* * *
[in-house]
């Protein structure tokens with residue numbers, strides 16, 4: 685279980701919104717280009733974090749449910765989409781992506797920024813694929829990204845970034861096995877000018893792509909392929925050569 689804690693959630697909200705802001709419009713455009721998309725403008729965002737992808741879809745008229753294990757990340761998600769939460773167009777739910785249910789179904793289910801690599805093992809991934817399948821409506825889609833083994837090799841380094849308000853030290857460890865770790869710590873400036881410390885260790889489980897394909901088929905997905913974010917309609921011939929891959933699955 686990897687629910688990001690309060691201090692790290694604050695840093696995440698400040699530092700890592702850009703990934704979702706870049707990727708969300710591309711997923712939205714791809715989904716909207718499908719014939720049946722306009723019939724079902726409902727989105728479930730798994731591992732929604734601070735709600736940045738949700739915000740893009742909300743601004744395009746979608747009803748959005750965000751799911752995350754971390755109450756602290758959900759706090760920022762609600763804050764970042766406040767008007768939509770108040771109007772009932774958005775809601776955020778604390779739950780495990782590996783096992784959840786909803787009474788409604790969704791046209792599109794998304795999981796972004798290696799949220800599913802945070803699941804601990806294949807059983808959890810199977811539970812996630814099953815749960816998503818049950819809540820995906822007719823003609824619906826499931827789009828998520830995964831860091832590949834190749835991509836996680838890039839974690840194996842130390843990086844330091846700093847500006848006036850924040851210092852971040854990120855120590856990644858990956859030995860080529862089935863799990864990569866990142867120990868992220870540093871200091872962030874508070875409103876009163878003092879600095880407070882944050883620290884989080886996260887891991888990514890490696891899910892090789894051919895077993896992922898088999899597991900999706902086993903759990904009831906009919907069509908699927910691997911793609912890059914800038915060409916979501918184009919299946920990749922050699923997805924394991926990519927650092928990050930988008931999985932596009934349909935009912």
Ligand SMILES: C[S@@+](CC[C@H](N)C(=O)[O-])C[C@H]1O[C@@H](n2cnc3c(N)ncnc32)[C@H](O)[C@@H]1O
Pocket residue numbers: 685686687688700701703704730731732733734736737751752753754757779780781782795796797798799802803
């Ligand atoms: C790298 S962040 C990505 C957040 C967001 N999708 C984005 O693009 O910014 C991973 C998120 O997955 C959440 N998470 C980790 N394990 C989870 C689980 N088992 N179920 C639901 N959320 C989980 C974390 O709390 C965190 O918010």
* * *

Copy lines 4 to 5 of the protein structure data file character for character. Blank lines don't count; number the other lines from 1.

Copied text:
Pocket residue numbers: 685686687688700701703704730731732733734736737751752753754757779780781782795796797798799802803
């Ligand atoms: C790298 S962040 C990505 C957040 C967001 N999708 C984005 O693009 O910014 C991973 C998120 O997955 C959440 N998470 C980790 N394990 C989870 C689980 N088992 N179920 C639901 N959320 C989980 C974390 O709390 C965190 O918010």